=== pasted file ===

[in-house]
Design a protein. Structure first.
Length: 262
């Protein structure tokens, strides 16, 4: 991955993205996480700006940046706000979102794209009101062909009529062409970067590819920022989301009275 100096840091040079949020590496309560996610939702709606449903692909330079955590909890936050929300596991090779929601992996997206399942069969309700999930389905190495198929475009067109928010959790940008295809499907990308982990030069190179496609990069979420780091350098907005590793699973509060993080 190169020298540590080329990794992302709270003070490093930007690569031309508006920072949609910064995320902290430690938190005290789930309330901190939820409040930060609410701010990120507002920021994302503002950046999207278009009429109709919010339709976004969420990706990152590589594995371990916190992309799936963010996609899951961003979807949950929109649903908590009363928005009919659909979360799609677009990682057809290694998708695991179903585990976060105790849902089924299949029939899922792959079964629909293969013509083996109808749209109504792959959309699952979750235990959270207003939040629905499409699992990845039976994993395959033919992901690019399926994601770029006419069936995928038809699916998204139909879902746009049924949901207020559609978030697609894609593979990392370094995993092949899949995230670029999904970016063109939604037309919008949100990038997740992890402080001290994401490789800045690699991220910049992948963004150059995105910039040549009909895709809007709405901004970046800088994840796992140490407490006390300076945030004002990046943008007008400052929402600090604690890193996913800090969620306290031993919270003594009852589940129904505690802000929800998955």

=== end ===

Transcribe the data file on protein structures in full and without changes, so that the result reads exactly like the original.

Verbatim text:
[in-house]
Design a protein. Structure first.
Length: 262
């Protein structure tokens, strides 16, 4: 991955993205996480700006940046706000979102794209009101062909009529062409970067590819920022989301009275 100096840091040079949020590496309560996610939702709606449903692909330079955590909890936050929300596991090779929601992996997206399942069969309700999930389905190495198929475009067109928010959790940008295809499907990308982990030069190179496609990069979420780091350098907005590793699973509060993080 190169020298540590080329990794992302709270003070490093930007690569031309508006920072949609910064995320902290430690938190005290789930309330901190939820409040930060609410701010990120507002920021994302503002950046999207278009009429109709919010339709976004969420990706990152590589594995371990916190992309799936963010996609899951961003979807949950929109649903908590009363928005009919659909979360799609677009990682057809290694998708695991179903585990976060105790849902089924299949029939899922792959079964629909293969013509083996109808749209109504792959959309699952979750235990959270207003939040629905499409699992990845039976994993395959033919992901690019399926994601770029006419069936995928038809699916998204139909879902746009049924949901207020559609978030697609894609593979990392370094995993092949899949995230670029999904970016063109939604037309919008949100990038997740992890402080001290994401490789800045690699991220910049992948963004150059995105910039040549009909895709809007709405901004970046800088994840796992140490407490006390300076945030004002990046943008007008400052929402600090604690890193996913800090969620306290031993919270003594009852589940129904505690802000929800998955």